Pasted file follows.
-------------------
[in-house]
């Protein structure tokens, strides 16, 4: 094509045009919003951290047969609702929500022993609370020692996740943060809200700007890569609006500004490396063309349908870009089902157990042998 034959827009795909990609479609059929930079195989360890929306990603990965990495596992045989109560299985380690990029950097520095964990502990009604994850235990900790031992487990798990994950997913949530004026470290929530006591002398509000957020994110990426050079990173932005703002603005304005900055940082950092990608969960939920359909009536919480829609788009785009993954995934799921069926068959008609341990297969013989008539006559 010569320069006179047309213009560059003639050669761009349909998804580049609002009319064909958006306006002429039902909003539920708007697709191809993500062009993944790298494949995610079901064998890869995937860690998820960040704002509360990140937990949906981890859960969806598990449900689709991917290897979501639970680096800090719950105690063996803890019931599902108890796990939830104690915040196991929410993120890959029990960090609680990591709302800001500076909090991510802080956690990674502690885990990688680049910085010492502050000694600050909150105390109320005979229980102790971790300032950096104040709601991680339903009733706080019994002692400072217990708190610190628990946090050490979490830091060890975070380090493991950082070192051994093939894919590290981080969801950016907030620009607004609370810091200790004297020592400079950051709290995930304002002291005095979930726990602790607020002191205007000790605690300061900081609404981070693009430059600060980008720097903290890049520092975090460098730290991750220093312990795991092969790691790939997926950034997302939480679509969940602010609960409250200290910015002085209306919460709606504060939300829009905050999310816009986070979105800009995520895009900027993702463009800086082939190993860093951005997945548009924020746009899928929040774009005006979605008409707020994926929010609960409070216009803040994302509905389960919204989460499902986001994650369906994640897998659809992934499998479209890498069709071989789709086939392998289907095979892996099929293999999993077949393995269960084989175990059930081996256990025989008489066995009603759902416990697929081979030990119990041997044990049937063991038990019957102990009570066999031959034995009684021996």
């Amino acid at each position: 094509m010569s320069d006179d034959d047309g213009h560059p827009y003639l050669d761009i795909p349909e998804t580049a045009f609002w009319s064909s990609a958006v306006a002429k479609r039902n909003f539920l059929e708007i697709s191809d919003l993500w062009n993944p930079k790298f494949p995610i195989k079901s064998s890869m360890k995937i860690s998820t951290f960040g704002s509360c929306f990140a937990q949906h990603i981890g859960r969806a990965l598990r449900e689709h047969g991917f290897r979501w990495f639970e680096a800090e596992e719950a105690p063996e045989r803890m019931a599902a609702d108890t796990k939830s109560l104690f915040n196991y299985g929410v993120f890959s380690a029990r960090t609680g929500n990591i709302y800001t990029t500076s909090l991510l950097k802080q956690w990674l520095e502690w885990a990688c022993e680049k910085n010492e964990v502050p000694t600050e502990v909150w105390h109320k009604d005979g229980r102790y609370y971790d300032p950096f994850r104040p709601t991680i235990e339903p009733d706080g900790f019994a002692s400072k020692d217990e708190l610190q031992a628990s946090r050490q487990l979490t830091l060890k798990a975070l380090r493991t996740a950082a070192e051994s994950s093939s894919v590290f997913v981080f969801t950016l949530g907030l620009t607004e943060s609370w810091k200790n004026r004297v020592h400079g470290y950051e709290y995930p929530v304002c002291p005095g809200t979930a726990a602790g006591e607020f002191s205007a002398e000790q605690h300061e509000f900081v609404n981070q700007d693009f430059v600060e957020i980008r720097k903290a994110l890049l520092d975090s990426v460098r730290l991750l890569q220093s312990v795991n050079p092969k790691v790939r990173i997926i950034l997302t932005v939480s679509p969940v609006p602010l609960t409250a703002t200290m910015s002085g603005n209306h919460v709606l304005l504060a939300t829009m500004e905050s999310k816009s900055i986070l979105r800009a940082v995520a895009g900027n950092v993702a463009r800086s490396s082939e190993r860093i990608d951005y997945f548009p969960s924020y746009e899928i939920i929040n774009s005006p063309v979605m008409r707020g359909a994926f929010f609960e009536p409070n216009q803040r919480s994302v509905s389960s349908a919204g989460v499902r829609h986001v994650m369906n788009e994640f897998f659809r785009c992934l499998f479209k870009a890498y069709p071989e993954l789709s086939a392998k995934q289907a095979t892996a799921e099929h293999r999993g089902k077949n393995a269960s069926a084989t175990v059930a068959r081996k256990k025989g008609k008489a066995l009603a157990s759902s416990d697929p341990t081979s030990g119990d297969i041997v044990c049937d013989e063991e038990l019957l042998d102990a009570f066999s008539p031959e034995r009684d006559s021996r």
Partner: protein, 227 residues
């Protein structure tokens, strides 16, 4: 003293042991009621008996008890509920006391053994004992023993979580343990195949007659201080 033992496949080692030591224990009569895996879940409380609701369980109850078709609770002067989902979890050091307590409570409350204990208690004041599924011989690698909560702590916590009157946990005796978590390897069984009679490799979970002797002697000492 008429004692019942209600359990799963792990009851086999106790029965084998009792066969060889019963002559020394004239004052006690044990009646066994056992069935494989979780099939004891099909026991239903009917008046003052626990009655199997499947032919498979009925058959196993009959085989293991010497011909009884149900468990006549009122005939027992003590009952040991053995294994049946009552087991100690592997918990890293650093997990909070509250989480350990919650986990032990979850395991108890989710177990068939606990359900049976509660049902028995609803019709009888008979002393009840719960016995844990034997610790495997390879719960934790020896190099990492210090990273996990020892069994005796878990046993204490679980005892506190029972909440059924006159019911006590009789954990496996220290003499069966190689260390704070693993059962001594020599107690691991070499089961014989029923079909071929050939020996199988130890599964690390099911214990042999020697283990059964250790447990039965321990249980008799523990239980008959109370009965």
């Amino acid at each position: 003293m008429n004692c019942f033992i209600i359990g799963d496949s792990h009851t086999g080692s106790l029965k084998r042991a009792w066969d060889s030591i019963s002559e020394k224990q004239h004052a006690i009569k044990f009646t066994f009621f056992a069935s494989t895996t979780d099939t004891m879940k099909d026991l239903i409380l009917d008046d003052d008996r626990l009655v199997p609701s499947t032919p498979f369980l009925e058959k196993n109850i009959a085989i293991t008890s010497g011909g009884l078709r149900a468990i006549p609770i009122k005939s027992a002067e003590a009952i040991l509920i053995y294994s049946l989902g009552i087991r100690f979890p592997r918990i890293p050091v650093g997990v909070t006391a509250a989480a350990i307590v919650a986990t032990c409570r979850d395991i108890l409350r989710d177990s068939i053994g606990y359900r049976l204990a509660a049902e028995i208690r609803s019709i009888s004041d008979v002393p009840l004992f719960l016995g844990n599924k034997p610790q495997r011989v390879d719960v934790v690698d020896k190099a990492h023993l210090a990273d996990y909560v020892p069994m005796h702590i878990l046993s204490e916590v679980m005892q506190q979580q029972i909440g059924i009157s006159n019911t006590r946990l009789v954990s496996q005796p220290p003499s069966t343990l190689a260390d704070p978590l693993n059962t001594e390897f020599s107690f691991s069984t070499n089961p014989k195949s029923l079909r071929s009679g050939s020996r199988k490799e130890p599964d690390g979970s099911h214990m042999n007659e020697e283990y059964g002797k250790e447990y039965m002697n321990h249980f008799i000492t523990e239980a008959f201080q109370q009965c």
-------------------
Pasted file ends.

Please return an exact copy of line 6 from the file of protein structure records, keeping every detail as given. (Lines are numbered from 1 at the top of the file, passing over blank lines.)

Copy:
């Amino acid at each position: 003293m008429n004692c019942f033992i209600i359990g799963d496949s792990h009851t086999g080692s106790l029965k084998r042991a009792w066969d060889s030591i019963s002559e020394k224990q004239h004052a006690i009569k044990f009646t066994f009621f056992a069935s494989t895996t979780d099939t004891m879940k099909d026991l239903i409380l009917d008046d003052d008996r626990l009655v199997p609701s499947t032919p498979f369980l009925e058959k196993n109850i009959a085989i293991t008890s010497g011909g009884l078709r149900a468990i006549p609770i009122k005939s027992a002067e003590a009952i040991l509920i053995y294994s049946l989902g009552i087991r100690f979890p592997r918990i890293p050091v650093g997990v909070t006391a509250a989480a350990i307590v919650a986990t032990c409570r979850d395991i108890l409350r989710d177990s068939i053994g606990y359900r049976l204990a509660a049902e028995i208690r609803s019709i009888s004041d008979v002393p009840l004992f719960l016995g844990n599924k034997p610790q495997r011989v390879d719960v934790v690698d020896k190099a990492h023993l210090a990273d996990y909560v020892p069994m005796h702590i878990l046993s204490e916590v679980m005892q506190q979580q029972i909440g059924i009157s006159n019911t006590r946990l009789v954990s496996q005796p220290p003499s069966t343990l190689a260390d704070p978590l693993n059962t001594e390897f020599s107690f691991s069984t070499n089961p014989k195949s029923l079909r071929s009679g050939s020996r199988k490799e130890p599964d690390g979970s099911h214990m042999n007659e020697e283990y059964g002797k250790e447990y039965m002697n321990h249980f008799i000492t523990e239980a008959f201080q109370q009965c």